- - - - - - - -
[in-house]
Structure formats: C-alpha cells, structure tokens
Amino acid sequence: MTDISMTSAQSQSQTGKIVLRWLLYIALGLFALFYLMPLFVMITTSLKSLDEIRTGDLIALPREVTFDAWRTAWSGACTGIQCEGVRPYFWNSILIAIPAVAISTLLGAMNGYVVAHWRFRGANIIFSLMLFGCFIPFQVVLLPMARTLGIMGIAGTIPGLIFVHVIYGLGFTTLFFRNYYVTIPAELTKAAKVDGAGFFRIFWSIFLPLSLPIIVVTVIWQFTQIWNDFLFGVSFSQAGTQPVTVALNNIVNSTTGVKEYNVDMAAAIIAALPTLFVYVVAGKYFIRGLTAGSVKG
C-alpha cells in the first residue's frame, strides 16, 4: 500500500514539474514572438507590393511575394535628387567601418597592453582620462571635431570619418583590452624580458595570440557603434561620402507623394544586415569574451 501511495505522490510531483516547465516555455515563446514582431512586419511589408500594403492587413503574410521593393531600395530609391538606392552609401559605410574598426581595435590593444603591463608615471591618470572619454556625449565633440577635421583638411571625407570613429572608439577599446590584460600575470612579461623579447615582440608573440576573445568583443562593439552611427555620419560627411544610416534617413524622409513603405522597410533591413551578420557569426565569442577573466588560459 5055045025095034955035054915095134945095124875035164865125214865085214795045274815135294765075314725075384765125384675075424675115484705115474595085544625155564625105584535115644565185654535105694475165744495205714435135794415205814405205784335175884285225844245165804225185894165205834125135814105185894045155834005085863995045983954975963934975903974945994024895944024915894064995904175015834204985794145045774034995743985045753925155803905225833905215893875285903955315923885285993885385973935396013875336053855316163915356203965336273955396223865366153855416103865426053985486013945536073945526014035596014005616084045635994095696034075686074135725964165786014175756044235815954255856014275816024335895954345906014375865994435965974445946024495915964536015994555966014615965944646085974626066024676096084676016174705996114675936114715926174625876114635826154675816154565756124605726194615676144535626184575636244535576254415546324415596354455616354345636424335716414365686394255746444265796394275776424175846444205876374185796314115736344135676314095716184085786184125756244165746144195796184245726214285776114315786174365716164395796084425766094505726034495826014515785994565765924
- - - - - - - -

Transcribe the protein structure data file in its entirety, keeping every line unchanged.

[in-house]
Structure formats: C-alpha cells, structure tokens
Amino acid sequence: MTDISMTSAQSQSQTGKIVLRWLLYIALGLFALFYLMPLFVMITTSLKSLDEIRTGDLIALPREVTFDAWRTAWSGACTGIQCEGVRPYFWNSILIAIPAVAISTLLGAMNGYVVAHWRFRGANIIFSLMLFGCFIPFQVVLLPMARTLGIMGIAGTIPGLIFVHVIYGLGFTTLFFRNYYVTIPAELTKAAKVDGAGFFRIFWSIFLPLSLPIIVVTVIWQFTQIWNDFLFGVSFSQAGTQPVTVALNNIVNSTTGVKEYNVDMAAAIIAALPTLFVYVVAGKYFIRGLTAGSVKG
C-alpha cells in the first residue's frame, strides 16, 4: 500500500514539474514572438507590393511575394535628387567601418597592453582620462571635431570619418583590452624580458595570440557603434561620402507623394544586415569574451 501511495505522490510531483516547465516555455515563446514582431512586419511589408500594403492587413503574410521593393531600395530609391538606392552609401559605410574598426581595435590593444603591463608615471591618470572619454556625449565633440577635421583638411571625407570613429572608439577599446590584460600575470612579461623579447615582440608573440576573445568583443562593439552611427555620419560627411544610416534617413524622409513603405522597410533591413551578420557569426565569442577573466588560459 5055045025095034955035054915095134945095124875035164865125214865085214795045274815135294765075314725075384765125384675075424675115484705115474595085544625155564625105584535115644565185654535105694475165744495205714435135794415205814405205784335175884285225844245165804225185894165205834125135814105185894045155834005085863995045983954975963934975903974945994024895944024915894064995904175015834204985794145045774034995743985045753925155803905225833905215893875285903955315923885285993885385973935396013875336053855316163915356203965336273955396223865366153855416103865426053985486013945536073945526014035596014005616084045635994095696034075686074135725964165786014175756044235815954255856014275816024335895954345906014375865994435965974445946024495915964536015994555966014615965944646085974626066024676096084676016174705996114675936114715926174625876114635826154675816154565756124605726194615676144535626184575636244535576254415546324415596354455616354345636424335716414365686394255746444265796394275776424175846444205876374185796314115736344135676314095716184085786184125756244165746144195796184245726214285776114315786174365716164395796084425766094505726034495826014515785994565765924